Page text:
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The Three Evil L's

December 31, 2003 09:00 PM

Anyone who has attended a coaching clinic has probably heard of avoiding the three "L’s"- Lines, Laps, and Lectures. Unfortunately that was how many parents experienced sports as a participant. Modern methods of coaching youth place emphasis on "game activities" rather than "drills". Game Activities are easily understood childhood games that have the element of a ball added.

Avoiding "lines" in coaching soccer is not difficult. "Tag" games while dribbling a ball are valuable in that every player is forced to dribble and chase others in an effort to tag them. Since directional changes occur quickly and in an unpredictable fashion tag begins to resemble the real game of soccer. Opposite to this method would be to arrange several cones in a row and have players dribble through- zigzagging through the cones. Not a horrible activity, but predictable and it definitely does not resemble the "real" game.

When we have young players standing in line "waiting their turn" we are wasting valuable training time. Kids like and need action in their activities and who likes to wait in line? True, "drills" with lines are sometimes easier for the novice coach to organize, but often behavior problems occur when young players are idle.

Take a lap. Almost every athlete has heard that phrase from his coach. Why? Well for one, long slow distance training is regarded as excellent conditioning for endurance sports. And it’s quick and easy for the coach to organize. Many coaches think of soccer as an endurance sport so it figures that lap running is an ideal warm-up. Unfortunately good lap runners do not equate good soccer players. A far more effective method of training soccer players would include the ball and game activities as the warm-up. As fitness training lap running is not ideal because soccer is not played at a consistent pace throughout the match. Soccer is a game with periods of standing, walking, jogging, and all out sprinting- training should replicate this type of action.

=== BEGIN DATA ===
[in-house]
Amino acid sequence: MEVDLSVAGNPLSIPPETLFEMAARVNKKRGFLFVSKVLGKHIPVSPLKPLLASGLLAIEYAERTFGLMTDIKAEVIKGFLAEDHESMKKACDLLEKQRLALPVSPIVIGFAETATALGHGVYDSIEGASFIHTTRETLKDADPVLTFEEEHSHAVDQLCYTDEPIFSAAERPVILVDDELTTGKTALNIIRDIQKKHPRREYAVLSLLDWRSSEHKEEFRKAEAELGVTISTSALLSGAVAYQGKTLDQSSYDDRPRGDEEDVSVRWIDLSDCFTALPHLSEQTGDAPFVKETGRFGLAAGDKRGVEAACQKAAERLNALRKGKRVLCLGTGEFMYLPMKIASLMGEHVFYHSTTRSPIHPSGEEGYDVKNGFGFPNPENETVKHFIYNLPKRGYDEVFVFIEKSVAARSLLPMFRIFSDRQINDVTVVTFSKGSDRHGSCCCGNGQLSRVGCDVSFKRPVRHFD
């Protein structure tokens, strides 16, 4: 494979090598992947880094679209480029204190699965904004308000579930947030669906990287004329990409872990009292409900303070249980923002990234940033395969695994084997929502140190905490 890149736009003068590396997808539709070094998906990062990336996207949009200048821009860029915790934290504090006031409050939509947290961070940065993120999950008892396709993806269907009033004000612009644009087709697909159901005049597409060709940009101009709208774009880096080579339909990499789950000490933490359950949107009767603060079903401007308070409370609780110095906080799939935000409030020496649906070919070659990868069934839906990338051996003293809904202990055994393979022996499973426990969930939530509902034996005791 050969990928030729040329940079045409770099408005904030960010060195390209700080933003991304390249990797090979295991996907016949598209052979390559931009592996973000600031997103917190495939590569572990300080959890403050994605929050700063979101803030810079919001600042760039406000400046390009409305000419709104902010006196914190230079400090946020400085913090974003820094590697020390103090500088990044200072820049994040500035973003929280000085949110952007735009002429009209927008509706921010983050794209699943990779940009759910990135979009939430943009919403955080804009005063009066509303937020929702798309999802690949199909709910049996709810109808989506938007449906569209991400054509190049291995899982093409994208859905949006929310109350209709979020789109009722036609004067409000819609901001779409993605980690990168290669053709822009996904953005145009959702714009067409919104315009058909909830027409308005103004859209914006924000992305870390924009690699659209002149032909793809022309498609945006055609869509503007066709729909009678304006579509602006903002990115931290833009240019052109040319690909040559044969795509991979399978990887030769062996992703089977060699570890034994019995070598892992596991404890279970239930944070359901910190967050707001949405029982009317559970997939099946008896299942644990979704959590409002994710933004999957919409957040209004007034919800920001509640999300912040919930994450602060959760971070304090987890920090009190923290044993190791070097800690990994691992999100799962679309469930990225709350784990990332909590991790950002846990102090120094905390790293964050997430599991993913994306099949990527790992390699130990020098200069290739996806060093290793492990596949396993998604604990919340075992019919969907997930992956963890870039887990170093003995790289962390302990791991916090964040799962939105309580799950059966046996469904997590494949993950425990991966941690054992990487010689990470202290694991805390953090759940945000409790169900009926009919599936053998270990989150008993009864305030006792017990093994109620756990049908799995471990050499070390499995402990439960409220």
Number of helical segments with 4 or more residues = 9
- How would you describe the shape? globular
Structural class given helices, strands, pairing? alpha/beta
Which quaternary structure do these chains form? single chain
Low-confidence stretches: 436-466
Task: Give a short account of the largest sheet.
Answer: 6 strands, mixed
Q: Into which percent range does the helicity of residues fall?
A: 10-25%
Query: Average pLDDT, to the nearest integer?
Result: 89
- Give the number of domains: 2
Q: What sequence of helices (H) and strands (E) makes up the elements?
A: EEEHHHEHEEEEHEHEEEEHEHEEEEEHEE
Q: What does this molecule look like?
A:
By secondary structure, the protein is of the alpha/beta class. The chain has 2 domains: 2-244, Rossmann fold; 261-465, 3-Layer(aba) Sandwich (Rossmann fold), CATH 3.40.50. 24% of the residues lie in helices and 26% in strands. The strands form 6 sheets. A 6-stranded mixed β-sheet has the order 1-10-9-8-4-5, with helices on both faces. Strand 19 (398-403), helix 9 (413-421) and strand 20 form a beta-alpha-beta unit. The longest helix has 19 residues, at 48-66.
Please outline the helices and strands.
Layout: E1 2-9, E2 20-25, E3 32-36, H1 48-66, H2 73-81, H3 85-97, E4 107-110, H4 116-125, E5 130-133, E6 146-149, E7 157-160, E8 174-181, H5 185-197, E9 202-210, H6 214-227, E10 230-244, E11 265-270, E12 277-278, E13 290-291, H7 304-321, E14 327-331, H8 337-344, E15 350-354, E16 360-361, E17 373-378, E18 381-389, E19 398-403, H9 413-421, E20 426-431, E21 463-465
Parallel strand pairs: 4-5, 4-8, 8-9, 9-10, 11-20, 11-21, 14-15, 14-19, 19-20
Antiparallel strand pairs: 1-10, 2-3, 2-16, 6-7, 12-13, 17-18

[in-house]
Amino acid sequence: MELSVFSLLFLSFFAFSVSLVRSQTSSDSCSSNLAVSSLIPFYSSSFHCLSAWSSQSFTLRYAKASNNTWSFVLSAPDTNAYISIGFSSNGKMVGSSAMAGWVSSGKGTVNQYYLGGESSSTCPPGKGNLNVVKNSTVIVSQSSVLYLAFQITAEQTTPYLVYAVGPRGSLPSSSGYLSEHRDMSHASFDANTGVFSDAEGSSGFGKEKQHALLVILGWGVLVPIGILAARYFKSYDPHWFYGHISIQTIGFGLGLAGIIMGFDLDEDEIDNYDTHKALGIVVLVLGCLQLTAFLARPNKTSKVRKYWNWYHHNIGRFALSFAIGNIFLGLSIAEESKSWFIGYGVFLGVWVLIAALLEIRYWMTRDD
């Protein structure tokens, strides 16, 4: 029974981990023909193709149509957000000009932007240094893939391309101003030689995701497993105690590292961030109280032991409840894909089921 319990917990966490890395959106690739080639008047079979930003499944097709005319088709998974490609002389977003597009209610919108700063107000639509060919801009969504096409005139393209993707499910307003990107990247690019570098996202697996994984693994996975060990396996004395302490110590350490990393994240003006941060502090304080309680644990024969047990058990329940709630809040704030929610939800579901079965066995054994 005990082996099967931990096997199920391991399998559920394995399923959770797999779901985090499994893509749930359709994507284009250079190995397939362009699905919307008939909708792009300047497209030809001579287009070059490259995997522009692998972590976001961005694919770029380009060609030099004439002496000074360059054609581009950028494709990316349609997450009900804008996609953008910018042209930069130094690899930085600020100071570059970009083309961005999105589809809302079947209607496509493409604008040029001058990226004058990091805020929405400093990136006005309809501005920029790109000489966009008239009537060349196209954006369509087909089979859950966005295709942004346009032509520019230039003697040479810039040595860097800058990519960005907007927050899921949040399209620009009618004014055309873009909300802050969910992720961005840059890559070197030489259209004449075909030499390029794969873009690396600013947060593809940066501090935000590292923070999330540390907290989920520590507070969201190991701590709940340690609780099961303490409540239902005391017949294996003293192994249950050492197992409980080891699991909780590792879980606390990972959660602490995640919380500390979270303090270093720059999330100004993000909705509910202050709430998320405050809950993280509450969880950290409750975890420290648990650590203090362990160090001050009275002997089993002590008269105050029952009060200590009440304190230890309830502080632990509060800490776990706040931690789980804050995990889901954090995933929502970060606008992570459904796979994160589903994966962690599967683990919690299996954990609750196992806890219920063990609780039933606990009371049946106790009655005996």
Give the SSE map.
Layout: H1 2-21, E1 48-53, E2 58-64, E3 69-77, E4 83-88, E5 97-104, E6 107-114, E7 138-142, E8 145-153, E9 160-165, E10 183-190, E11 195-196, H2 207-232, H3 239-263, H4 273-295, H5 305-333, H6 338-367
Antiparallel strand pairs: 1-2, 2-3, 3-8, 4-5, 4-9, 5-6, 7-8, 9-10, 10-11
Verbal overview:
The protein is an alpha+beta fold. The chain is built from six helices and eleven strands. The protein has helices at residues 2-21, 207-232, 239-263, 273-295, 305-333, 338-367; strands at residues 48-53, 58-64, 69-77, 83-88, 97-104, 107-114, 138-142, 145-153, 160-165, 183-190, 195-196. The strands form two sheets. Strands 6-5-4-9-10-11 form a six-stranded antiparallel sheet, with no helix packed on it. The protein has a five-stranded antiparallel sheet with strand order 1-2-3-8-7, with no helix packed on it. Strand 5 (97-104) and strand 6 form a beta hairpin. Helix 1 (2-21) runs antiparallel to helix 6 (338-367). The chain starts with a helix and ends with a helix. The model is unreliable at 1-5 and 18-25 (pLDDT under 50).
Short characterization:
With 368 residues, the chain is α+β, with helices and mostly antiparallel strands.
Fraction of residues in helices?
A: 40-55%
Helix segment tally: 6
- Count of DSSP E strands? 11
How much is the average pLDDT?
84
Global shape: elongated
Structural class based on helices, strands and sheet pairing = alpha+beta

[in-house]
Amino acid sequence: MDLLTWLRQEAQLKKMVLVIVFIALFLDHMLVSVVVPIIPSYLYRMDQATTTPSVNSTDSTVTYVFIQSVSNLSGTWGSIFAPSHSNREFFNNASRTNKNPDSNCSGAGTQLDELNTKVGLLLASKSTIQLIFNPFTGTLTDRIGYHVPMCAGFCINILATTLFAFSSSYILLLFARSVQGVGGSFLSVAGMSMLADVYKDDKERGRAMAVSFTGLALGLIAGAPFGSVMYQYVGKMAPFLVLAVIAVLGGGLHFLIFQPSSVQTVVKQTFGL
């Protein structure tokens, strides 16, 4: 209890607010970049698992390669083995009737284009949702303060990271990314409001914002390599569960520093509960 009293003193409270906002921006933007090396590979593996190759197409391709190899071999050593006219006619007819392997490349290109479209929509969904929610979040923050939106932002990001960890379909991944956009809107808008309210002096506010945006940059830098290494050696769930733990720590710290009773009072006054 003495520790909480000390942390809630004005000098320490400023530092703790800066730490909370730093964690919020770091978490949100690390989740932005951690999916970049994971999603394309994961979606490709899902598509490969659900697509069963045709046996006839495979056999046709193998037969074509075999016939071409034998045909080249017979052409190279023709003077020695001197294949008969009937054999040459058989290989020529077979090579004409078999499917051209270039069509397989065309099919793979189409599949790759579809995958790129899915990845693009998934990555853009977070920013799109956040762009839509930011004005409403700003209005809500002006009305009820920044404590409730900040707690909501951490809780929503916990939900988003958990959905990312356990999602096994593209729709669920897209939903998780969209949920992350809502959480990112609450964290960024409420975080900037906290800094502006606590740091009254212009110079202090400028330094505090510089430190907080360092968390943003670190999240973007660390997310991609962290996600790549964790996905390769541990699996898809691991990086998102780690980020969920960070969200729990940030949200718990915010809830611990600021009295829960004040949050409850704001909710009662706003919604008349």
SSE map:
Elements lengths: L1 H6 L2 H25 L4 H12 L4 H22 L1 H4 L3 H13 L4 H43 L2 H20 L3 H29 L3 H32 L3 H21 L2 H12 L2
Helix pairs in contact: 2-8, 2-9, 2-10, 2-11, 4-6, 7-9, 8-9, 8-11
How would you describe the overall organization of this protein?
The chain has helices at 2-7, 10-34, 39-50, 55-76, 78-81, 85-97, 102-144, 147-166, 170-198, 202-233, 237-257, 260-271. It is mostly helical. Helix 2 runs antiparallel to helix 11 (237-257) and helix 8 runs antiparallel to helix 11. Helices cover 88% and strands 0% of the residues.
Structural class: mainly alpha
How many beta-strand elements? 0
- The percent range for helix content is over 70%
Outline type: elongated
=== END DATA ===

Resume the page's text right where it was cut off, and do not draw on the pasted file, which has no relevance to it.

When do we get to play? I heard this at one of my first soccer camps nineteen years ago. I thought I had just explained and demonstrated some brilliant aspect of soccer skill to a group of seven year olds and asked "any questions?" The demo was brief- less than a minute. But a minute sitting down is FOREVER to a child. This "want" to play coupled with a shorter attention span requires coaches to use activities that are "action packed" with brief (10 seconds) instructions. Lectures and detailed explanations have no place on a youth soccer field. Let the game be the teacher.

The "L" that coaches must use- "LAUGHTER"-if the players are silent, odds are they’re not having fun. Laughs, screams, giggles and noise are what coaches need to hear, that way you know that the activity is FUN. And that’s the object of sports.

What activities should you use with your team?  The "Assistant Coach" is a collection of twenty practice plans for coaches containing warm-up and game activities for teaching youth soccer players. (Available for U6 & U8’s, U10’s, and U12’s.) Another great resource for training games is "The Peak Performance" also available from US Youth Soccer. Product order forms are available in the Download Center.




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